Like Jesus, we can show each other belonging, how we are one family. Affirm God’s kinship, discerning what is real and divine, not simply sticky. Delight and encourage change in others as they lean into fuller life.
The reading from the Letter to the Romans describes what it means to be Christian community. “We who are many are one body in Christ, and individually we are members one of another.” This is not something to do on our own but together. “Be transformed by the renewing of your minds so that you may be able to discern what is the will of God.”
Be transformed by helping each other: “Rejoice in hope, be patient in suffering, persevere in prayer. Contribute to the needs of the saints; extend hospitality to strangers. Bless those who persecute you. Rejoice with those who rejoice; weep with those who weep.”
Whom has God given you as community? We all need companions and friends. We must often first show up, offer connection, befriend and reach out. Are you trying to journey alone? Who is nearby and how might you walk with them?
How has community resisted you? We’ve all experienced this. Lament with Jesus who knows and shares your pain. Turn to the present, who is in the hallway encouraging and cajoling you onward? It might be friends, neighbors, or strangers. What’s God’s invitation? How are you being called into further life with others? How can you encourage and cajole? Rejoice, be patient, persevere, and contribute. Welcome, weep, and bless together, for like God we are community one to another.
[i] The SSJE Rule of Life, Chapter 4: The Witness of Life in Community
[ii] Gregory Boyle (2017) Barking to the Choir: The Power of Radical Kinship. New York: Simon & Schuster, p117-118.
This sermon is part of the “Gifts for the Journey” series. We hope you’ll check out the other sermons in the series.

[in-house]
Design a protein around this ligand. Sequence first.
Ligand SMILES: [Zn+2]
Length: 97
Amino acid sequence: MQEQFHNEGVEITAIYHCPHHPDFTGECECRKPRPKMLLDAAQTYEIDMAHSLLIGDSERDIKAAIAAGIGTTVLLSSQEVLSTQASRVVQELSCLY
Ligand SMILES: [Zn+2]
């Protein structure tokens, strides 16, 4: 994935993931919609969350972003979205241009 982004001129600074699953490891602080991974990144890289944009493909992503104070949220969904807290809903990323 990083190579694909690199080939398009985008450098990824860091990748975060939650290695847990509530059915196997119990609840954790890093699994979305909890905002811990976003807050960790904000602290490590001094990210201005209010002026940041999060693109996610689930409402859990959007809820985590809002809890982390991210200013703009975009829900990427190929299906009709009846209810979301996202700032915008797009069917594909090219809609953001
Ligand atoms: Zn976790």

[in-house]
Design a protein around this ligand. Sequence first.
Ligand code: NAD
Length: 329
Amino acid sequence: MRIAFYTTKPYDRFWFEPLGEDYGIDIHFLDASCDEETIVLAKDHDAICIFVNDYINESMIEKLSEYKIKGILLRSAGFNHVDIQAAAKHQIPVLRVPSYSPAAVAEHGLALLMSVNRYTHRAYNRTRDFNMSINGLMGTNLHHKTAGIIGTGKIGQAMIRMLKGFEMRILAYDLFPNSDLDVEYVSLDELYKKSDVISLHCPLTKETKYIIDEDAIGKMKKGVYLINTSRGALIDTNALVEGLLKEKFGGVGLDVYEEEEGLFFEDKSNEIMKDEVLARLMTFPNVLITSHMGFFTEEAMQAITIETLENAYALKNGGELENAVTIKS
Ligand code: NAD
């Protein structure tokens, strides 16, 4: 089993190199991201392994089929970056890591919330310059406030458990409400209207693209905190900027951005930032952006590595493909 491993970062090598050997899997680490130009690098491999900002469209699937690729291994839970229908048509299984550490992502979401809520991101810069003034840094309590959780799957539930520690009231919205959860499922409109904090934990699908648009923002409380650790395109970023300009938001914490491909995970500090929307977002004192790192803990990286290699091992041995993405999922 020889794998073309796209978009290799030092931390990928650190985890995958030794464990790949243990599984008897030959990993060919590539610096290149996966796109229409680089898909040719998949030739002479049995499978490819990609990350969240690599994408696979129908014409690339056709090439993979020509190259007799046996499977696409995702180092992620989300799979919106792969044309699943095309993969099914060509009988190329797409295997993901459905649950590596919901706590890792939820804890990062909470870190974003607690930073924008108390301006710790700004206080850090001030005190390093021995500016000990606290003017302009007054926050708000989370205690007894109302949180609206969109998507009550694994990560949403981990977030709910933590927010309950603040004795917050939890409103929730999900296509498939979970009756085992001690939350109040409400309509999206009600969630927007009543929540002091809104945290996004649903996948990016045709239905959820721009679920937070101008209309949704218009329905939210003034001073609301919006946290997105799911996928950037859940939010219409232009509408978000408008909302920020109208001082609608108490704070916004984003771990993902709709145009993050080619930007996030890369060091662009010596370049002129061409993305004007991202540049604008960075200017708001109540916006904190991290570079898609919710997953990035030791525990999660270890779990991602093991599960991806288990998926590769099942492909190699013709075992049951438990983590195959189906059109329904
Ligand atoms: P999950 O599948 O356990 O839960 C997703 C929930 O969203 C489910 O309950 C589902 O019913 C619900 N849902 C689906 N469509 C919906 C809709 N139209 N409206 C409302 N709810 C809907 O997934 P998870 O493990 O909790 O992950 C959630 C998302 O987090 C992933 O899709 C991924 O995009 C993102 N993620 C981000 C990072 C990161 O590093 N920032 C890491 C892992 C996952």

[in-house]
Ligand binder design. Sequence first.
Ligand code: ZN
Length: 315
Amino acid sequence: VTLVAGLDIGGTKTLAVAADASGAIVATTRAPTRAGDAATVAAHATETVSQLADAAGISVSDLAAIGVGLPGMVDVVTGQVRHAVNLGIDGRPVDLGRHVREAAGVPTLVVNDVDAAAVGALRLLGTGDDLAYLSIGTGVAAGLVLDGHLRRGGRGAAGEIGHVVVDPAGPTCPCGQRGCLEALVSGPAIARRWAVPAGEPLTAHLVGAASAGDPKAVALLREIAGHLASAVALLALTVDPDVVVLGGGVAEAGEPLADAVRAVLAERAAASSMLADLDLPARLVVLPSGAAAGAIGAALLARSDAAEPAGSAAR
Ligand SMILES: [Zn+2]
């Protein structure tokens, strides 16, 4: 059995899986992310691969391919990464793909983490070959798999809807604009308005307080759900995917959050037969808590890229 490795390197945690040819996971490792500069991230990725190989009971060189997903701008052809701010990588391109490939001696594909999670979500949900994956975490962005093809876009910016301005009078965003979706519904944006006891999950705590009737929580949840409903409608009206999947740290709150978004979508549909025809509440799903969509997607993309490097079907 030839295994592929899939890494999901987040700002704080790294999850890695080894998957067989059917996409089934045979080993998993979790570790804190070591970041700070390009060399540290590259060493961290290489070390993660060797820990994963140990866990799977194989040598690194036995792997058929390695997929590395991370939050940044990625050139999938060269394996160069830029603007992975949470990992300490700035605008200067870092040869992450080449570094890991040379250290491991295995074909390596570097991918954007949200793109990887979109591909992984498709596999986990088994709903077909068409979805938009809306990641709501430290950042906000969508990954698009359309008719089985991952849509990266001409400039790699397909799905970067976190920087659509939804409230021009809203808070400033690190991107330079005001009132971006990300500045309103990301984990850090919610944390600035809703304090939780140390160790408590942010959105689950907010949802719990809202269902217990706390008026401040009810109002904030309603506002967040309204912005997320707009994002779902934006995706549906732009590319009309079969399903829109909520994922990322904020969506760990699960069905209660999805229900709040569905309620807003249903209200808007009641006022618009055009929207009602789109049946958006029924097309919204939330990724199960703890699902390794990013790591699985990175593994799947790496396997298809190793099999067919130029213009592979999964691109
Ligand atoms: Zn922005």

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Thank you, Brother. I tend isolate; I always have. So I can relate to much of what you wrote. I think you inspired me to reach out to someone who I know is safe and try to re-connect with them.
I would recommend another book by Gregory Boyle, “Tattoos of the Heart.” He did remarkable work with the homeboys and homegirls through Homeboy’s Industries. He also experienced a lot of their sorrow and grief. That’s what community does.
Brother Luke, thank you for this sermon. I do not know where I would be without my community. One of my priests introduced our congregation to Father Boyle. I have read all his books and I had the opportunity to meet him when he came to speak in Knoxville for a fund-raiser for one of our local homeless ministries. We all have the power to change lives. I know mine has been transformed by the love and care of others. Again, many thanks for this beautiful reminder of the power of community.
Jesus ministry to the outcast! They are members of the human family. He loves them but doesn’t excuse them if they are at fault nor sacralize them either.
His healing love transforms them – if they open themselves to it, receive it and work with it s the preacher states in his quote from the Barking to the Choir.
It would be nice to see how this works on people on insiders with power.
Wonderful encouragement of the outcast with checkered past in each of us! These are wonderful devotionals uplifting and affirming of each of us being accepted in the beloved.